Soay are unlike any other sheep, being the most primitive with very varied characteristics plus a history that evokes a romanticism back to the Bronze Age. They are similar to the mouflon seen wild in Corsica, Sardinia and Cyprus. How did they arrive at the St. Kilda islands and when? No one really knows. But what we do know is that when owners talk of them they talk of intelligent, nimble animals with excellent mothering habits, always with quirky behavioural traits and lots of fun to watch. They are excellent conservation grazers, being content in woodland and on hillsides. The coloured fleece is sought after for many craft uses and their carcass produces lean meat of a delicious flavour fetching premium prices for the gourmet trade.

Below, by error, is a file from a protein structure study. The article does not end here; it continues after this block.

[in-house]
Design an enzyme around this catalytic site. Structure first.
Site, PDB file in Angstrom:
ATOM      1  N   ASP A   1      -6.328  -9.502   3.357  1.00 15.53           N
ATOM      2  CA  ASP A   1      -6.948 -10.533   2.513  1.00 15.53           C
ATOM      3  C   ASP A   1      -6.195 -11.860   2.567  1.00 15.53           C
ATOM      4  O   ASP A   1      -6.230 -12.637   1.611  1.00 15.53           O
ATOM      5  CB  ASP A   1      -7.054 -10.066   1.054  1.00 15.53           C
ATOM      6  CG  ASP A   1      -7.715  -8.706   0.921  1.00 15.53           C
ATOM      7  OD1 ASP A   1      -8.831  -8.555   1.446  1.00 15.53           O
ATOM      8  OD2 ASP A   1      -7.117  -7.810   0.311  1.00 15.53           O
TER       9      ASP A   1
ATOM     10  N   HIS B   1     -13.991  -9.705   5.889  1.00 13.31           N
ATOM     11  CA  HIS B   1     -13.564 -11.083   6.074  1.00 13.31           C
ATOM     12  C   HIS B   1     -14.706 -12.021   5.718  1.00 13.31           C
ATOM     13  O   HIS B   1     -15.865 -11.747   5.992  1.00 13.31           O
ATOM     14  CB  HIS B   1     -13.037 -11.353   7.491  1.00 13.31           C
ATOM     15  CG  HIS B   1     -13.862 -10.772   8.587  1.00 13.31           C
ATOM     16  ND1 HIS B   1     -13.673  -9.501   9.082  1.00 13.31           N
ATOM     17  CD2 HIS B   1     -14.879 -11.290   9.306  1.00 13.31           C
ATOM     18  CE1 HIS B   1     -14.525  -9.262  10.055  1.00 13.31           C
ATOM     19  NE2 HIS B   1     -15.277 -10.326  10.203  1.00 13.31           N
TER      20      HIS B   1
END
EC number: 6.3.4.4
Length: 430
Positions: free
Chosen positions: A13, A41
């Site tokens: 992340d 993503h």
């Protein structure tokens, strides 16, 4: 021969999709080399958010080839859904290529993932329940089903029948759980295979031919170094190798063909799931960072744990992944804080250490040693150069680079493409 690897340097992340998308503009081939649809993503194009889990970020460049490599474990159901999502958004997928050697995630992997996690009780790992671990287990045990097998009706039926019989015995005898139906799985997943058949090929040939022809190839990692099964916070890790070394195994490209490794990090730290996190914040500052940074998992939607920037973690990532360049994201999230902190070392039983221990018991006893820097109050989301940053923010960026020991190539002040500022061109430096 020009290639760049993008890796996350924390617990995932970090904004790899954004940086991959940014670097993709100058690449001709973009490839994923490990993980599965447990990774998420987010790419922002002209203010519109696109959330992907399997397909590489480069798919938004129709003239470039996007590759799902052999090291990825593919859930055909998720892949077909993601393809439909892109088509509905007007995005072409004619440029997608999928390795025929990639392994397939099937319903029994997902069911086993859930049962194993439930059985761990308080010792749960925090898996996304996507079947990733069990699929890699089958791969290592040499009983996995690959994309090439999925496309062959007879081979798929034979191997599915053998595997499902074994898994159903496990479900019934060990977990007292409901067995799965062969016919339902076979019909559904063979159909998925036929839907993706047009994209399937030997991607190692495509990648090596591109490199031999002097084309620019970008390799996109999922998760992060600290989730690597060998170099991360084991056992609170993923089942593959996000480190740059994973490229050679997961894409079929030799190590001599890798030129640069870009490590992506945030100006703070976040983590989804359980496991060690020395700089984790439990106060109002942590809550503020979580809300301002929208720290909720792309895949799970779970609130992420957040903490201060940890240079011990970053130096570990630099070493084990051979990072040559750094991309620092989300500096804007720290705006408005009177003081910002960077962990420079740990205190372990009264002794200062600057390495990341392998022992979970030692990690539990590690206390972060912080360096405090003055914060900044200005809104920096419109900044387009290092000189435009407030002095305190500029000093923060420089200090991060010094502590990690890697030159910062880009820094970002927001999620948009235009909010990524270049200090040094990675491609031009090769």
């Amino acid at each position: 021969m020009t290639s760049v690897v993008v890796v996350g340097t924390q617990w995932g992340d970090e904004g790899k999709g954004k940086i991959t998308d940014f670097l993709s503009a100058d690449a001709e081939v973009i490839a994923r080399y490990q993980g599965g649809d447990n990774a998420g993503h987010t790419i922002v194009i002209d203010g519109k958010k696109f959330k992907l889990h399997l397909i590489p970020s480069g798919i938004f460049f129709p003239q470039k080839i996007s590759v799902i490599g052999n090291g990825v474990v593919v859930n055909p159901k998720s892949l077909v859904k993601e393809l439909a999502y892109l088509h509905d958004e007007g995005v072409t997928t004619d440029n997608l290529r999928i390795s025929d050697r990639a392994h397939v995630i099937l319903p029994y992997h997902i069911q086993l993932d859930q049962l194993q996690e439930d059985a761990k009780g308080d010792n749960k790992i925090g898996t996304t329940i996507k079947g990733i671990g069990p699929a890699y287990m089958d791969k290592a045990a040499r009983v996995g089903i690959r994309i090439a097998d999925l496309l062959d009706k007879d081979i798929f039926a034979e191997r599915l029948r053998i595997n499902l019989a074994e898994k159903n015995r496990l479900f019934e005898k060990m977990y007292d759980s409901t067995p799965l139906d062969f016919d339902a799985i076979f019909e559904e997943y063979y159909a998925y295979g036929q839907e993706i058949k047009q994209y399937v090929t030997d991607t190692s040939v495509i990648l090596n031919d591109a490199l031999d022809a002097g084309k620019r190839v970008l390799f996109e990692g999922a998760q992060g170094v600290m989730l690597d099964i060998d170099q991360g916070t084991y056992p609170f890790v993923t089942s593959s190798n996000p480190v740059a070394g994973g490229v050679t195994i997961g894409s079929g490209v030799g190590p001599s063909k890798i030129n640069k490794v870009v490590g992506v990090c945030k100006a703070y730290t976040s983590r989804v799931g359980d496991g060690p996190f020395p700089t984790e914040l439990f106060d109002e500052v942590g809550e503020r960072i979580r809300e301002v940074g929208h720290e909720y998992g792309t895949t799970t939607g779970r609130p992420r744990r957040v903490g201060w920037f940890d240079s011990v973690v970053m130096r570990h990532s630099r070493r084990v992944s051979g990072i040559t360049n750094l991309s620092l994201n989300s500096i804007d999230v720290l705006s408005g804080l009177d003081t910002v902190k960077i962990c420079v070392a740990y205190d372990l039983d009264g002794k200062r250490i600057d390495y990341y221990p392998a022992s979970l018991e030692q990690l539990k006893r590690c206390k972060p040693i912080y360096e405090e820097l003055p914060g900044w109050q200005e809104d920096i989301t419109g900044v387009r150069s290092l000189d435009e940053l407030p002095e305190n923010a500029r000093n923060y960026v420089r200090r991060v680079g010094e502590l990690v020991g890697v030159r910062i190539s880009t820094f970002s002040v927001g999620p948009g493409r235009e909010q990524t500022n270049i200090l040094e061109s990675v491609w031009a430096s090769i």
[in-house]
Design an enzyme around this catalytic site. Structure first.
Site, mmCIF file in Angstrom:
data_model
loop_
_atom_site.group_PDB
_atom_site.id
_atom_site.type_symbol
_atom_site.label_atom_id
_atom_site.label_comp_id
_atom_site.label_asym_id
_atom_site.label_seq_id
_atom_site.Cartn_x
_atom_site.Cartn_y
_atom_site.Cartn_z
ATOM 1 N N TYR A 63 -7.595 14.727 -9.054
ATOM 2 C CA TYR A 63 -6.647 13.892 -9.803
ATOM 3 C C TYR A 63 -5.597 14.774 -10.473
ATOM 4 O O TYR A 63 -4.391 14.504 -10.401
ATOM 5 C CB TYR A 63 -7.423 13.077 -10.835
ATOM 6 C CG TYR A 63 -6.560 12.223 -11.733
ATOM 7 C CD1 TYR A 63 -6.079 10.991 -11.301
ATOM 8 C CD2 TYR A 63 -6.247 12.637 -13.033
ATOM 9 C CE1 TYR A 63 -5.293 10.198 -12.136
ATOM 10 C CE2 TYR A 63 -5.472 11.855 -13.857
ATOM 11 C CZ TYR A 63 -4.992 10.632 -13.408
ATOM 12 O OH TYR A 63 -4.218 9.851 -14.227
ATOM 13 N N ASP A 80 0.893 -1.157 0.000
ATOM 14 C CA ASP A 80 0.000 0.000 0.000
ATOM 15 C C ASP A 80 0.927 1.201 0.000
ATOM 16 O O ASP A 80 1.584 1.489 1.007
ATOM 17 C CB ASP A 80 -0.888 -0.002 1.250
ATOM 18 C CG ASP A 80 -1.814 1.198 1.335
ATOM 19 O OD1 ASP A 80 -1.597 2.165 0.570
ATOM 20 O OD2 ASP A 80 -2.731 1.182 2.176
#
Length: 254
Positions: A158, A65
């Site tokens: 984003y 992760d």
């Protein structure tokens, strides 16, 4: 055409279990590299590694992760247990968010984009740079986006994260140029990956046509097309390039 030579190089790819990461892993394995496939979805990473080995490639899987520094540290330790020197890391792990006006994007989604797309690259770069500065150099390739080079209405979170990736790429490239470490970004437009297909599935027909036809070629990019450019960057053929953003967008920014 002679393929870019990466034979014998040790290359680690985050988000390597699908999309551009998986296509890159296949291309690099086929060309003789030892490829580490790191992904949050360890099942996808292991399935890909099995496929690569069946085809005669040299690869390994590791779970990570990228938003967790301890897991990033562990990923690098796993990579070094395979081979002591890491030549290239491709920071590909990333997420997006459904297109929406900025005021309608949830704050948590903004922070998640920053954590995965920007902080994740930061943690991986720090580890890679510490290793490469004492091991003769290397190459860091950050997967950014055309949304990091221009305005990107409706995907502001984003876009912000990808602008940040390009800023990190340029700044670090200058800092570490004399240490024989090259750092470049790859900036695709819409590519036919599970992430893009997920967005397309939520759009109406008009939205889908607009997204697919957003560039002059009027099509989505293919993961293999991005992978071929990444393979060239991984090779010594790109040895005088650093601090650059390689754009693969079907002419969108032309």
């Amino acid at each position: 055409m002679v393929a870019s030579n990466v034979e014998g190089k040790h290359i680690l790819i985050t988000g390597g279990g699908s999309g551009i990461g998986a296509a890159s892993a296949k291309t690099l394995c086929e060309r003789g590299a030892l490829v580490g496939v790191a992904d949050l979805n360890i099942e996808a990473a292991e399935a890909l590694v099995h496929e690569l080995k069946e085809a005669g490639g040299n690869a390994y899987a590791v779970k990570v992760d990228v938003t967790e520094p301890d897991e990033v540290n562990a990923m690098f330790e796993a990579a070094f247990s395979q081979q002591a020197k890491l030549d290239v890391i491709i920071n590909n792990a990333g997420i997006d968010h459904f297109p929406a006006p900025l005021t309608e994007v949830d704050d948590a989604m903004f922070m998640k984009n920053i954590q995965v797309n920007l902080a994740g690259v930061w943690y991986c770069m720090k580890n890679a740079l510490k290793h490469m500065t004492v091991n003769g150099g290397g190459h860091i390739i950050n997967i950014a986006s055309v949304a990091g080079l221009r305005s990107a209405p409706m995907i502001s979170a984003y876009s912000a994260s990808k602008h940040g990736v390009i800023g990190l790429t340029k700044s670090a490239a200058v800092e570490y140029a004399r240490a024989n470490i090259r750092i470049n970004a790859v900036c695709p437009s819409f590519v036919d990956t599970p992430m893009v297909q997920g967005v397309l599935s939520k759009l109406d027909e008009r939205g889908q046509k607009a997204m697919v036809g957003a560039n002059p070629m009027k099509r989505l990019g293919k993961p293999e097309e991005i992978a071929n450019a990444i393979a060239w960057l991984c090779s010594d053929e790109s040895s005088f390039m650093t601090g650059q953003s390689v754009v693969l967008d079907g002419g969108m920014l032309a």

Soay sheep are fine-boned and late maturing, with prominent withers. The tail is short and thin. The texture of their wool can vary, from soft fine wool to more coarse hairy fibres (or "kemps"), and mixtures in-between. The fleece is, normally, shed naturally.
Rams are two-horned and the horns are strong. Scurred rams have been observed on Hirta, and occur occasionally in sheep owners' flocks. Ewes are either two-horned, polled, or scurred.
Soay sheep are classified as "vulnerable" on the RBST survival watch list.